We need new terms to describe these the new things. I call them onsets and insets.
Onsets add long-lived carbon to the earth’s surface. Some is what Bill McDonough calls “living carbon” – trees, mangroves, kelp forests. Some onset carbon is durable carbon stored in soils, either through practice (like no-till farming) or by adding it by hand (like with biochar). While some offsets, like rebuilding forests, might fall under conventional offsets, most onsets lie outside of what offsets traditionally undertake.
Onsets may cost more than traditional offsets, but they also have more certainty that carbon is harvested and in many cases more permanence. This makes onsets a different product than offsets in function, ease of validation, permanence, and cost.
Insets are different still – they store carbon indefinitely deep in the earth. The Hellishiede CarbFix/Climeworks project in Iceland is an example. So is the ADM carbon storage project in Decatur, Illinois. It harvests carbon from the air using corn, converts some of that carbon to ethanol, and stores roughly half of that carbon two miles under Heartland farms. So far, they’ve inset over 1 million tons of CO2 this way. Turning atmospheric CO2 into durable carbon products like cement, plastics, carbon fiber, and carbon black are also insets.
Projects that deliver insets are even easier to validate and meter than most onsets or offsets. The carbon removal is iron-clad – no ambiguity. This improves insets’ market appeal. Conversely, they typically cost more than offsets or onsets, which limits their market appeal.
All three approaches (offsets, onsets, and insets) create benefits and deserve much more investment. Some offsets include biodiversity, support for indigenous tribes, and improved water quality. Many of these benefits are the same of onsets, as are increased farm yield and improved soil health. Inset benefits include high technology and innovation, new and improved products, and reduced waste.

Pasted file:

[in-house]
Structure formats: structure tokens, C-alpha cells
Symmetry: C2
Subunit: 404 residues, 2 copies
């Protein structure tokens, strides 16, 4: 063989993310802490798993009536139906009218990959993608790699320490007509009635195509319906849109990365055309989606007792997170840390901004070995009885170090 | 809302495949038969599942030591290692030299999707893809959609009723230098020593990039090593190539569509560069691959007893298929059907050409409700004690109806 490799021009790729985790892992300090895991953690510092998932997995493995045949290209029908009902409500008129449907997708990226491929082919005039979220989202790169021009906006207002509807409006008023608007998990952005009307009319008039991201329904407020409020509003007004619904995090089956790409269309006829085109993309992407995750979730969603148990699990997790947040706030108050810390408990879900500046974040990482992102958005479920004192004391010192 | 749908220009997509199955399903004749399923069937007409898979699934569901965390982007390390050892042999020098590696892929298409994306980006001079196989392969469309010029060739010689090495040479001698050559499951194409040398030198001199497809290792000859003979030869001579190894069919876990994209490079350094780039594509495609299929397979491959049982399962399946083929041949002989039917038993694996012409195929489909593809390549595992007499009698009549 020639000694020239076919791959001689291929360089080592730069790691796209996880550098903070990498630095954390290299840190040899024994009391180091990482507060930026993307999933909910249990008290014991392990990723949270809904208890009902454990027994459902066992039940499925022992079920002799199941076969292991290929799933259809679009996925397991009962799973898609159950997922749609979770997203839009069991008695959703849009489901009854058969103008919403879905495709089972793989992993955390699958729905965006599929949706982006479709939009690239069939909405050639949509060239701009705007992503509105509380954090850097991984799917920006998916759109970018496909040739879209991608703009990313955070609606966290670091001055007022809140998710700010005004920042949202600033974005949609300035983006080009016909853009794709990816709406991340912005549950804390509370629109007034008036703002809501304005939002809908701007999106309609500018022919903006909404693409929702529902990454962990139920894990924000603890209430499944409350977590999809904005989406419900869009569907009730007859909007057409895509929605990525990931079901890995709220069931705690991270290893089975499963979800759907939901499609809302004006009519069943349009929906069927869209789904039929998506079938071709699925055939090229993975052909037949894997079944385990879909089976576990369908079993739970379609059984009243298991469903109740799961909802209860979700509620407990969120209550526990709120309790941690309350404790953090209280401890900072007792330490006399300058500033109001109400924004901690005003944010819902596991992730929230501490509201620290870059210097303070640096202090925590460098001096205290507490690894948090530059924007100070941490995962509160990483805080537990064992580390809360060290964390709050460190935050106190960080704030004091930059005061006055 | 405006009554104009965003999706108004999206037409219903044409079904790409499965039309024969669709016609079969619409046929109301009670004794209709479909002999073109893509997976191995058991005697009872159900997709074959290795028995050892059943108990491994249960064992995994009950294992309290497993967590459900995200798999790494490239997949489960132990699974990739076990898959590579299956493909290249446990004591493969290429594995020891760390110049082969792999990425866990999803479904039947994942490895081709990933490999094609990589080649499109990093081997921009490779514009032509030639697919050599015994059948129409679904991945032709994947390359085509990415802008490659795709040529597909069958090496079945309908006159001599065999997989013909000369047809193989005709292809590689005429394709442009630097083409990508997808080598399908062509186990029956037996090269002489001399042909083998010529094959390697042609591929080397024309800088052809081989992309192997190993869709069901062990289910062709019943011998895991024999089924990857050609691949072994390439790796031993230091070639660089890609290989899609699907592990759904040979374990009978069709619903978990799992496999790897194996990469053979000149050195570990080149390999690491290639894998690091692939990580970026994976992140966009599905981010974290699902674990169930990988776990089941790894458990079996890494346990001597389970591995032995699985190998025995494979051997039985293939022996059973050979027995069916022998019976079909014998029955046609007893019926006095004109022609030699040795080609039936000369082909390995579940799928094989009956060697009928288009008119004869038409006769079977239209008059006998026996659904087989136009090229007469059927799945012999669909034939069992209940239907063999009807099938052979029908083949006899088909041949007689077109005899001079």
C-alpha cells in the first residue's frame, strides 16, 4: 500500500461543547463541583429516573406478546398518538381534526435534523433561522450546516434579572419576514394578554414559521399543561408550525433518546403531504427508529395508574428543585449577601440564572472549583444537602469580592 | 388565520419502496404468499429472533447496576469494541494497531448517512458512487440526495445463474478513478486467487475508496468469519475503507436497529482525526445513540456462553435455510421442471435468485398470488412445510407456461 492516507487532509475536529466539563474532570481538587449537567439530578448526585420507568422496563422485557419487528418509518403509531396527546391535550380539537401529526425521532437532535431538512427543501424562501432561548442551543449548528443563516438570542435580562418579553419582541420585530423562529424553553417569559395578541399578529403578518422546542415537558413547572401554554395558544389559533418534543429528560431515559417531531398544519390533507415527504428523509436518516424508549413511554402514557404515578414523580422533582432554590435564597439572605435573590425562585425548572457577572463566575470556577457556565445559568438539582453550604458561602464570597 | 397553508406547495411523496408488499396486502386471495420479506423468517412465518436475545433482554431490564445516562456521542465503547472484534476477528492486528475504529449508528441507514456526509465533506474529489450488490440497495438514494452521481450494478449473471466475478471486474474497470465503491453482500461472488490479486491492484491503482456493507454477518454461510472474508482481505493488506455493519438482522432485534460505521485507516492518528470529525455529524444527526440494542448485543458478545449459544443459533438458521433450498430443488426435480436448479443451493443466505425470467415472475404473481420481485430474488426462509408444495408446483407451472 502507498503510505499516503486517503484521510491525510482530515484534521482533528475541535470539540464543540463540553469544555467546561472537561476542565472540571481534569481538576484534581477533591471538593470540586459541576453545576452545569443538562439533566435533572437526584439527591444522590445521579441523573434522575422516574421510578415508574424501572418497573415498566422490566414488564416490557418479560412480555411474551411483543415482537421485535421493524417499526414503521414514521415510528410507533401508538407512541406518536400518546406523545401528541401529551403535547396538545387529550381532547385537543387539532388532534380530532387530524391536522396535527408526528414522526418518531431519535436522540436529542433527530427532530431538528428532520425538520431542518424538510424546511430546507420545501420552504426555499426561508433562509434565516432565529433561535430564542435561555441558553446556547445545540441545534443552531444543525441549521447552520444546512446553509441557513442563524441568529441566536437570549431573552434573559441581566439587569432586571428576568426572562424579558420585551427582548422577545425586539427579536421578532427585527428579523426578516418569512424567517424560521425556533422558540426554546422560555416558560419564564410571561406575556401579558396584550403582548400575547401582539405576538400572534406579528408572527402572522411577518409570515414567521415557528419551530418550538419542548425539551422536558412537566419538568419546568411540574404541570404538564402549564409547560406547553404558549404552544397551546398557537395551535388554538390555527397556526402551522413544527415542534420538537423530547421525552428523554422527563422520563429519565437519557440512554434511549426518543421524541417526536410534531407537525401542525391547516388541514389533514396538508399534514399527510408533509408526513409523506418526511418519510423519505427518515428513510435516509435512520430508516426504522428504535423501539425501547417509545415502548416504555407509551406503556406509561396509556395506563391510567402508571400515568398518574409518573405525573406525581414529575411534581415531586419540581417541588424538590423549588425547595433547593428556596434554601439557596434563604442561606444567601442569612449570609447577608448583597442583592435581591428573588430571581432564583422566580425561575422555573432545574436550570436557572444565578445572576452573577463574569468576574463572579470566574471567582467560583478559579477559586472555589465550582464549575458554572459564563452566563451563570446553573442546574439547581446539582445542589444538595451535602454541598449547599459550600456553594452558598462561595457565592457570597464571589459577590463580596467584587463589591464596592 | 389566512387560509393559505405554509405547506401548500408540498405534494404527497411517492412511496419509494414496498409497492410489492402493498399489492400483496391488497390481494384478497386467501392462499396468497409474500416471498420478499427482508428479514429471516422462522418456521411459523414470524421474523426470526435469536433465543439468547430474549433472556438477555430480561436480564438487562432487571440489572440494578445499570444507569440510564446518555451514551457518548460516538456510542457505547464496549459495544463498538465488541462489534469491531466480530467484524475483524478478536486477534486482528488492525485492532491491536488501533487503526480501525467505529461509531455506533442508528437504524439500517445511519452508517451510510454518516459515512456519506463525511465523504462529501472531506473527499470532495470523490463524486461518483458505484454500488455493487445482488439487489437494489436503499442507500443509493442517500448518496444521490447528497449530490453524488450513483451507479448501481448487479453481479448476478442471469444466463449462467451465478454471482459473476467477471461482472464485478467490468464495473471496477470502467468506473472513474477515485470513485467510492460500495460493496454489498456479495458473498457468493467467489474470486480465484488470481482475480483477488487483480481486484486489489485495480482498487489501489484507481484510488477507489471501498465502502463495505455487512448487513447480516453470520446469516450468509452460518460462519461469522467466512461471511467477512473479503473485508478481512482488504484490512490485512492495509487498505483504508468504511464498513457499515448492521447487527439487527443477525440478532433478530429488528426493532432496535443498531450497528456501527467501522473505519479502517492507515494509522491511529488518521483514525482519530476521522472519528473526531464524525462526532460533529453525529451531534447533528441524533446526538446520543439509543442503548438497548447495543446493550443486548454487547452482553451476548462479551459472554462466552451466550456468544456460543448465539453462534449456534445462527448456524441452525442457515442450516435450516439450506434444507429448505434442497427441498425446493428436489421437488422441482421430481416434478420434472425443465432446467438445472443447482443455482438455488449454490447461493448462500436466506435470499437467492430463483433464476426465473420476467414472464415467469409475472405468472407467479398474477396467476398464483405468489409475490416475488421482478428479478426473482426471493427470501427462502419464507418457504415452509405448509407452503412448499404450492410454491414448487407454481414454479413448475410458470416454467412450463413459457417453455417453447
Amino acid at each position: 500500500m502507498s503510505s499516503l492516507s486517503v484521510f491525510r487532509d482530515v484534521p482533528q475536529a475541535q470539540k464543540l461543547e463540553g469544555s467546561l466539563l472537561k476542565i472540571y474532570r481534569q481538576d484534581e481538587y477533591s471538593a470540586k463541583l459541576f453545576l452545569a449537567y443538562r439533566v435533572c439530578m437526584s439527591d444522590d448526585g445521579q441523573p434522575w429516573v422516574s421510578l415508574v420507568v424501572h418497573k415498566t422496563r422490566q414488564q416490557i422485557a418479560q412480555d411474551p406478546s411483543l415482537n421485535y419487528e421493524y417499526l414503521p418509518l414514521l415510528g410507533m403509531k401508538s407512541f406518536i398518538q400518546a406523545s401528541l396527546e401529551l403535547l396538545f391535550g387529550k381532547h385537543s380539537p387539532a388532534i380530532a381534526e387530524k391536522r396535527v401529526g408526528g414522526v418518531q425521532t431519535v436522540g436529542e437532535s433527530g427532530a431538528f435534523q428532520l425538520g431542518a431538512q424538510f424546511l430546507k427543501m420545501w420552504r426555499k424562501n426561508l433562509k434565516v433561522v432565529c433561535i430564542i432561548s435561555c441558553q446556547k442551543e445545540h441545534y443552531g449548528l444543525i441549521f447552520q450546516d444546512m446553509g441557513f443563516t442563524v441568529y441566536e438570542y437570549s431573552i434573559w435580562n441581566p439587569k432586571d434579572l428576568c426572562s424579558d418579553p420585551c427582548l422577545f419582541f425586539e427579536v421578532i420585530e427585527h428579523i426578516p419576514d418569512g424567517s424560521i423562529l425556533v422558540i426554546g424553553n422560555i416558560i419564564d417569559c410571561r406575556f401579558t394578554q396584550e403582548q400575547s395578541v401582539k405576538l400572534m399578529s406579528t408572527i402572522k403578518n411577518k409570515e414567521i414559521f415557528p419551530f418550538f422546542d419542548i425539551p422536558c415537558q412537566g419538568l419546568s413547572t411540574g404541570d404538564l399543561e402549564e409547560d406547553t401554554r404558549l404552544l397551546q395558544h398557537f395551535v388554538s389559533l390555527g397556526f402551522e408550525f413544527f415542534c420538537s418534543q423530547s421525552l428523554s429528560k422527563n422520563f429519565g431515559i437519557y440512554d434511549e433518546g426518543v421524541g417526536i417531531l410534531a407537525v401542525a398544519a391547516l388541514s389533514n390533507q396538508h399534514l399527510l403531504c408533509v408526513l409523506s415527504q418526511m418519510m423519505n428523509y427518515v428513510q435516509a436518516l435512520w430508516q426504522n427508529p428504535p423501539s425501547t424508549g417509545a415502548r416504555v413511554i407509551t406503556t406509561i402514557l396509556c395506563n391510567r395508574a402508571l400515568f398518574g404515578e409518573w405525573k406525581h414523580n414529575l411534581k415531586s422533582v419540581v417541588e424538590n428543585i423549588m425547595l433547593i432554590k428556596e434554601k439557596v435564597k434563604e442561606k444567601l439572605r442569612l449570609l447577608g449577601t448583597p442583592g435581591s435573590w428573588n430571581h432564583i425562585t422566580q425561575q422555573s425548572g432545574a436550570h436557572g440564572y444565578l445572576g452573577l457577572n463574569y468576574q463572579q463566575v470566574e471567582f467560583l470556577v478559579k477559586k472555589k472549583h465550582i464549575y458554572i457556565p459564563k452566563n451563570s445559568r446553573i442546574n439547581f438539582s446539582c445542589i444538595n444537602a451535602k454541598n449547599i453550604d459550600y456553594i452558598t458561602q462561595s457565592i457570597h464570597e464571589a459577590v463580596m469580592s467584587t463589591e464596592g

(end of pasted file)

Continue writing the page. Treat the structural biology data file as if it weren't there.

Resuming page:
A few useful actions would start doing more in Carbonville to stimulate better carbon harvesting:
– Acknowledge the problem. Formally, national and state governments could be more vocal about this need, and seek ways to manifest action. We need more options, more carbon removal, more drawdown, more investment, more innovation, and more ambition. Admitting the problem is the first step in recovery.
– Start investing. The offset markets suffers from low-prices and insufficient investment. These can be improved by larger commitments, but would also likely require more honest recognition of their operation challenges and some restructuring (e.g., reducing allowances).
– Demand onsets and insets. These options are very new, and their potential markets are unexplored. This could be fixed by aggressive procurement of onsets and insets, as well as commitment of a small fraction (2-5%) of the offset market to these promising new, higher cost pathways.
That’s how I see the opportunities within these nascent and expanding enterprises, and how they can help create a new carbon economy.
More or less.
Written by Julio Friedmann | Senior Research Scholar, and Lead of CaMRI Initiative at Columbia University in the City of New York
Senior Research Scholar, and Lead of CaMRI Initiative at Columbia University in the City of New York